“How did you get into programming? Where should I start? What’s the best way to learn?”

I get these questions all the time. For a long time, I didn’t have a great answer. I got started roughly 20 years ago - not only do I not remember exactly how it went, a lot has changed since then. Since people keep asking, I took some time to write out some advice for those who are trying to get into programming.


  • Get started. Taking that first step and doing anything is more important than having a perfect plan.
  • Find something you want to make. This will keep you motivated to keep going.
  • Tackle your project in tiny little chunks and don’t get hung up on what’s going on under the hood.

Get started!

Many of the people who ask me about this are trying to figure out how to get started with programming, but haven’t actually started. They looked up resources and couldn’t decide which one to use, so they stalled out. I get it - there are a TON of resources out there. It’s hard to choose - so don’t! Use the first learning resource you can find. Stick with it for a little while and if you really hate it, switch to something else. Just because you start off watching some person’s YouTube channel doesn’t mean that has to be your only learning resource. You can use them all!

But what language do I use!?

Okay, so this is one area where you do need to make a decision. When you’re first starting out, you’ll want to stick with one language and not hop around constantly. Which language you work with will depend heavily on what you are trying to do. Below, I’ll talk about the importance of having a passion project. Knowing what that project is will help you decide what language to learn. For example:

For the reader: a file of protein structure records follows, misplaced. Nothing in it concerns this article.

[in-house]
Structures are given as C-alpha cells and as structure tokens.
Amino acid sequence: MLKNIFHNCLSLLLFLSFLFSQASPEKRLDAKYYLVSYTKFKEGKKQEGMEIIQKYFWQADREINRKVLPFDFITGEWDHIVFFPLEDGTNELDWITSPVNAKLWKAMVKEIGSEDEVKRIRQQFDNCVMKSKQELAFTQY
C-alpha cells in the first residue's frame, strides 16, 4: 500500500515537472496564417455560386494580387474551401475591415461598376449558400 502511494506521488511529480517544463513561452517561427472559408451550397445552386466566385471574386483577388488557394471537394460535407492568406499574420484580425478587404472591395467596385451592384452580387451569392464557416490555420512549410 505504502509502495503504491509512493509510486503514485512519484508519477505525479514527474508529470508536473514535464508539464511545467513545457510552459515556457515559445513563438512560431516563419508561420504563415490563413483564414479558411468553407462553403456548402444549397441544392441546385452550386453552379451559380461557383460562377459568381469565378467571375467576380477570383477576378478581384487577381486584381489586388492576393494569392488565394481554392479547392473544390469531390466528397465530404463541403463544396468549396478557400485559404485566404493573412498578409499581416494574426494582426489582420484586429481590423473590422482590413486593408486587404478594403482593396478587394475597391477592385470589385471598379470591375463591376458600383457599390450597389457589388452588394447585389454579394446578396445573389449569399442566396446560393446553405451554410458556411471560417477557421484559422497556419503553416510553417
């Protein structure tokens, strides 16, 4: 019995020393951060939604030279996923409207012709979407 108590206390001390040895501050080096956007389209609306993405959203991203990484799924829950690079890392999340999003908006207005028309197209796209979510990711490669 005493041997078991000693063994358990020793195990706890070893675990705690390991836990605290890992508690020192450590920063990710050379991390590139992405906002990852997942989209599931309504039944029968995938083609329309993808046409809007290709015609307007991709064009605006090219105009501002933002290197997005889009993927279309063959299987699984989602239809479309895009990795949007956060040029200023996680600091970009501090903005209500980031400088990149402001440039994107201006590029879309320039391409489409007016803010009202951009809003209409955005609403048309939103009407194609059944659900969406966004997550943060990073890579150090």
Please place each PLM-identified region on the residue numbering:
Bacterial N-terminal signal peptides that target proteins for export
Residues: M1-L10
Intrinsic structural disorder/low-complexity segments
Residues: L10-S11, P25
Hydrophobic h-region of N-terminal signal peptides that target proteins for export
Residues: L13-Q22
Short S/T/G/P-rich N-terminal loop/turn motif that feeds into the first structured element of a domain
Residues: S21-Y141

• Do you want to make websites? You should probably learn JavaScript, HTML, CSS - you know, web stuff!
  • Are you going to make projects with a Raspberry Pi? Project tutorials you find will likely use Python.
  • Will you make a Windows desktop app? Something like C# will let you do this pretty easily.
  • What if you want to make phone apps? Android apps are written in Java and Kotlin. iPhone apps are written in Swift.

Once you pick a project, look up similar projects and find out what language(s) they use. The goal here is to make sure that there are plenty of resources for you to use. Can you write a web app with C#? Yeah, but you’re going to find a lot more information for web programming in JavaScript than you will for C#. Make things easy for yourself by using the language that has the most tutorials / documentation for the thing you want to do.

Now for the real question: what project are you going to do?

Find a passion project

I got into programming because I loved video games. Not only did I find them fun and engaging, I was fascinated with how they were made. I always wanted to make my own, so I’ve been tinkering with game design for as long as I can remember. Game programming is not easy - it’s honestly not a very good place to start learning code at all - but because it was something I was passionate about, I kept going no matter how tough it got.

You need to find your own passion project. It can be almost anything, but it should ideally have a few qualities:

  • The project can start small and scale up. For example: make a personal website At first, it can literally be one page of static content. From there, you can keep adding pages and functionality until you’ve built something more advanced.
  • The hard problems are already solved. Everything you need to do for the project should be Google-able. My early game design projects were clones of simple games (i.e.: stuff like Pong and Galaga) that I then expanded upon. This gave me plenty of learning resources to lean on.